Extracting maximum benefit from recent rainfall will be critical for South Australian grain growers as they prepare for their 2011 cropping programs.
To ensure they grasp the opportunities the unseasonal conditions have presented, the Grains Research and Development Corporation (GRDC) will host a two-day industry forum in Adelaide next month.
Designed for industry advisers, consultants, researchers and growers, the GRDC Adviser Update on February 23 and 24 will be an important launching pad for the coming season, according to GRDC Southern Regional Panel chair David Shannon.
Mr Shannon said the Update would deliver practical advice and valuable information to industry advisers to ensure growers were equipped with the tools needed to take advantage of the current conditions and set their farm businesses up for a profitable and productive future.
He said that while the recent rainfall had boosted soil moisture profiles, which augured well for next season, this potential was tempered by numerous management challenges.
“Growers will need to contend with issues such as weed control, soil nutrition levels, the quality of grain available for seed and the volume of residue in paddocks,” Mr Shannon said.
“There is also potential for a large ‘green bridge’ of volunteer plants to establish over summer and autumn, harbouring pests and diseases that could threaten next season’s crops.”
Mr Shannon said the Adelaide Update would feature a strong overlap between these current seasonal and related issues and cutting-edge research results.
“Grain growers and industry advisers operate in a climate of continual change, but this season’s challenges will differ from those of recent years due to the soil moisture levels.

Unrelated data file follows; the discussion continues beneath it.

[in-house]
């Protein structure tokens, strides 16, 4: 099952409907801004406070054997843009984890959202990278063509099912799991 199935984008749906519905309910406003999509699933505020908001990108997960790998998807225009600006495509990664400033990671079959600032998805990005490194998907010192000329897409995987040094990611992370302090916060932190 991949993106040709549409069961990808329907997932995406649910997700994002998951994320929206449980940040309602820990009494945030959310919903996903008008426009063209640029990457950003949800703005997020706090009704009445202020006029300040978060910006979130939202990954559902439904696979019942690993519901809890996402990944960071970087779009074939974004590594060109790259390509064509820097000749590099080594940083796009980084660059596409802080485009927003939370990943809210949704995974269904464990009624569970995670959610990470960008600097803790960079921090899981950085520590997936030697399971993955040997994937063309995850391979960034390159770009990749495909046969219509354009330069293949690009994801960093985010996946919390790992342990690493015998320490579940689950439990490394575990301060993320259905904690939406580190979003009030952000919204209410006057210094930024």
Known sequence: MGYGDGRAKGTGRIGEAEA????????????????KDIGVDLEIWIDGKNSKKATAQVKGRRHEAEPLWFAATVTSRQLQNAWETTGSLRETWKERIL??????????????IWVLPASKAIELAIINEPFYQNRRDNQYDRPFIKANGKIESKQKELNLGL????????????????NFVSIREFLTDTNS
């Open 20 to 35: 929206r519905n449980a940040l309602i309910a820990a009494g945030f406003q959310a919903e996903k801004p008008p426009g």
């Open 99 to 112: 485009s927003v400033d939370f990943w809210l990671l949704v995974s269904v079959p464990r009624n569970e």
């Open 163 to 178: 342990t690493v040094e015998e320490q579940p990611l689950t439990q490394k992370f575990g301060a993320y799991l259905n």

“Through the Adviser Update series we endeavour to examine and break-down avenues to combat grain growing challenges, provide information on new technology, farming practices and science, and also discuss global and domestic trends.”
Mr Shannon said that most importantly, the GRDC Updates aimed to enable grain professionals to improve productivity and profitability within the current climatic parameters.
“The industry is growing increasingly competitive, add in climate variability, escalating crop input costs and fluctuating commodity prices, and growers have a real need to better understand and operate their farming business.
“The Updates offer the information and resources to assist growers and the industry as a whole to get better at what they do.”
Among the keynote speakers at the Adelaide forum will be Mick Keogh from the Australian Farm Institute who will discuss national and global commodity and input trends, while Peter Cornish from Sydney University will address the subject of peak phosphorous and whether the notion is fact or fiction.
Based at the University of WA, Australian Herbicide Resistance Initiative researcher Dr Michael Walsh will update growers on the development of the Harrington Seed Destructor and its potential for changing crop rotation choices.
The Update at the Adelaide Convention Centre will also feature information on precision agriculture and precision agronomy, pesticide application and spray drift management, water use efficiency and fungicide resistance.
A series of concurrent sessions will discuss and analyse a variety of farming methods, stubble management, crop types, pest and disease management, herbicide options and seasonal decision support tools.
A detailed program for the Update can be obtained by visiting 梧桐夜网grdc南京夜网419论坛/updatedates or by contacting ORM on 03 5441 6176 or email [email protected]南京夜网419论坛
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